Dickie E

<img src="http://www.rugbyrefs.com/flags/australia
SArefs have a good article here:
http://www.sareferees.com/News/law-discussion-mexican-standoff/2830364/

I'm interested in the Irish player that gets pinged. As no maul formed he legally goes low on the White ball carrier. His tackle attempt is unsuccessful and he ends up under the feet of the White players as the maul forms and moves over him. I think up until then CJ is going to play on but then Green put on a push that moves the maul backwards and they all trip over the Green player. I guess just bad luck that man.
 

OB..

, Advises in England
Even if a maul does not form after the tackle, the player on the ground is causing the England players to fall over. It may not be collapsing the maul (if there wasn't one) but he is not allowed to bring down players who do not have the ball.
 

Dickie E

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Even if a maul does not form after the tackle, the player on the ground is causing the England players to fall over. It may not be collapsing the maul (if there wasn't one) but he is not allowed to bring down players who do not have the ball.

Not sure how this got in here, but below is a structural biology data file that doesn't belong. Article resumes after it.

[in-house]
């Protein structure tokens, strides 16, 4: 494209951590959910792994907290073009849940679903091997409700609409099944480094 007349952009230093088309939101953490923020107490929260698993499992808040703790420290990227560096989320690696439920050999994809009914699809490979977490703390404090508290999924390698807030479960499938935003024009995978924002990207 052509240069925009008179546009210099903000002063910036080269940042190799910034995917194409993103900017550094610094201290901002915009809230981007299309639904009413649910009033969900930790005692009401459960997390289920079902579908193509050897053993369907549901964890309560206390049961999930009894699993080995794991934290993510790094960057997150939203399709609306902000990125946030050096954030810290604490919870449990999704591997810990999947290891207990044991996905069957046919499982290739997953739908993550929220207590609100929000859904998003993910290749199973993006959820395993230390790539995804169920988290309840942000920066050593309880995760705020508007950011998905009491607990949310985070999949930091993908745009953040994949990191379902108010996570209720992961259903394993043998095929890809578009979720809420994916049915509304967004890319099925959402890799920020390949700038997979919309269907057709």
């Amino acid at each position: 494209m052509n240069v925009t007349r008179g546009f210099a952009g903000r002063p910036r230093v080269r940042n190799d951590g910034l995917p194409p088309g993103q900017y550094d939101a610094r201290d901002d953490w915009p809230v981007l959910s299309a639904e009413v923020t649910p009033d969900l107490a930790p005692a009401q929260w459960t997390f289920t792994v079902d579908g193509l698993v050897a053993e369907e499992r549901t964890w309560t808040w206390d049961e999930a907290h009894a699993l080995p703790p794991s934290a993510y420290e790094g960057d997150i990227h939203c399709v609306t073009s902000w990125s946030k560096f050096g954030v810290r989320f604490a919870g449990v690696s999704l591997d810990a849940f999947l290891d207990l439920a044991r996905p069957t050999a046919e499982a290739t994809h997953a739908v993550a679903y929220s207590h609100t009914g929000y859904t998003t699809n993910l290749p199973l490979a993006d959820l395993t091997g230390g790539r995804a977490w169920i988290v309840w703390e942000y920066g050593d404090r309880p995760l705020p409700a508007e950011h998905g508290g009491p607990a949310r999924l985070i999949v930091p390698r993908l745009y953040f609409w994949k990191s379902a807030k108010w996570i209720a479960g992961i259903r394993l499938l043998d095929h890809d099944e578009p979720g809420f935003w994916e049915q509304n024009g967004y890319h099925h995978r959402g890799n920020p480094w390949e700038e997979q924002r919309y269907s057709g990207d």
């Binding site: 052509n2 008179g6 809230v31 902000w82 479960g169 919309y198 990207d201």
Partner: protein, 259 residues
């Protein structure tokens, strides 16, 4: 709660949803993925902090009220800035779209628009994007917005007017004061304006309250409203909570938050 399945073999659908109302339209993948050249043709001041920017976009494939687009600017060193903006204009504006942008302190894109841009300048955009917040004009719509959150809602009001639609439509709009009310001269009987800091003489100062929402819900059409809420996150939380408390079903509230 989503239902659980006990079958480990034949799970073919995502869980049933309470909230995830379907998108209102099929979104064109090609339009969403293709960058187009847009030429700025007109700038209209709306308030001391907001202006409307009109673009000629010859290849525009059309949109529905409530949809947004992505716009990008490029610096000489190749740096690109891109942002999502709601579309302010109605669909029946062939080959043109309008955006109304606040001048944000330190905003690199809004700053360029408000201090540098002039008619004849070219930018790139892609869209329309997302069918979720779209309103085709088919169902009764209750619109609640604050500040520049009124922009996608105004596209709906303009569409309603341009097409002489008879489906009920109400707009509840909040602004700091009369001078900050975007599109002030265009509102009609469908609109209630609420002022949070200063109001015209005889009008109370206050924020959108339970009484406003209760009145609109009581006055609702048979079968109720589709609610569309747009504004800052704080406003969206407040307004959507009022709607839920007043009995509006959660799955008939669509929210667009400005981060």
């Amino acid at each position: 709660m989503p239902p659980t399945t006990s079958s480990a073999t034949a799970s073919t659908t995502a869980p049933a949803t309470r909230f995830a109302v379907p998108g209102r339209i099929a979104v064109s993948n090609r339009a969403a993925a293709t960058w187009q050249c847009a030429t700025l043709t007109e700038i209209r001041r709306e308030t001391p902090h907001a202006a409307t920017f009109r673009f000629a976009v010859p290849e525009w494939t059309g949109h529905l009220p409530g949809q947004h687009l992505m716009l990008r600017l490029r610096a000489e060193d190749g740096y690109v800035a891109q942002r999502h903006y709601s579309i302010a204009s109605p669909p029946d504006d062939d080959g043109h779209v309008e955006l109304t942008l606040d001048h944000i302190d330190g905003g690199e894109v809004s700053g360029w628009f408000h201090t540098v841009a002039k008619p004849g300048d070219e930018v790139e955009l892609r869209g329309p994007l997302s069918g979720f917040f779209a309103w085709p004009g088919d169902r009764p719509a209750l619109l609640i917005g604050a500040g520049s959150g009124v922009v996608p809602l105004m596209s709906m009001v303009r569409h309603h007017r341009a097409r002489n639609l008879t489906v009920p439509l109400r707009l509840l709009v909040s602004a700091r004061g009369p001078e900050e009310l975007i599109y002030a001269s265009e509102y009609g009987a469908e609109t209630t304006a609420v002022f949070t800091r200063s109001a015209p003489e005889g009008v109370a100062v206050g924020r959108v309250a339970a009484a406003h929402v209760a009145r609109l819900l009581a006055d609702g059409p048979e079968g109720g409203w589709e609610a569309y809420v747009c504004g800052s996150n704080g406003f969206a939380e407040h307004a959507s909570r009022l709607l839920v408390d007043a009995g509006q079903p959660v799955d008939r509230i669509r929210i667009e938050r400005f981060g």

Law 17.2 says (my bold):

(e) A player must not intentionally collapse a maul. This is dangerous play.
Sanction: Penalty kick


Do we think the Green player intentionally collapsed the maul?
 
Law 17.2 says (my bold):

(e) A player must not intentionally collapse a maul. This is dangerous play.
Sanction: Penalty kick


Do we think the Green player intentionally collapsed the maul?
I think he went to tackle the ball carrier, CJ seems to suggest that after he engaged he then took too long so his tackle wasntva tackle it was then a maul collapse.

Perhaps CJ 'made the cap fit the head' on this one, although the first offence was probably green backing out of/leaving the lineout.
 

The Fat

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I think he went to tackle the ball carrier, CJ seems to suggest that after he engaged he then took too long so his tackle wasntva tackle it was then a maul collapse.

Perhaps CJ 'made the cap fit the head' on this one, although the first offence was probably green backing out of/leaving the lineout.
According to the instruction from 2014, this was the 1st offence and is why The Blues were penalised against the Cheetahs in last week's Super Rugby game. It cost The Blues the game as the Cheetahs kicked the penalty goal to win by a point.

In the England v Ireland clip, England keep the ball at the front. Ireland, not wanting to engage and hopefully get a scrum, back away (i.e. leave the LO) instead of just opening up the space. England were smart enough to keep the ball at the front forcing Ireland to either tackle the ball carrier or engage to form the maul.
In this case, on the Smarts Scale, we have England 1 - Ireland 0
 

The Fat

<img src="http://www.rugbyrefs.com/flags/australia
SArefs have a good article here:
http://www.sareferees.com/News/law-discussion-mexican-standoff/2830364/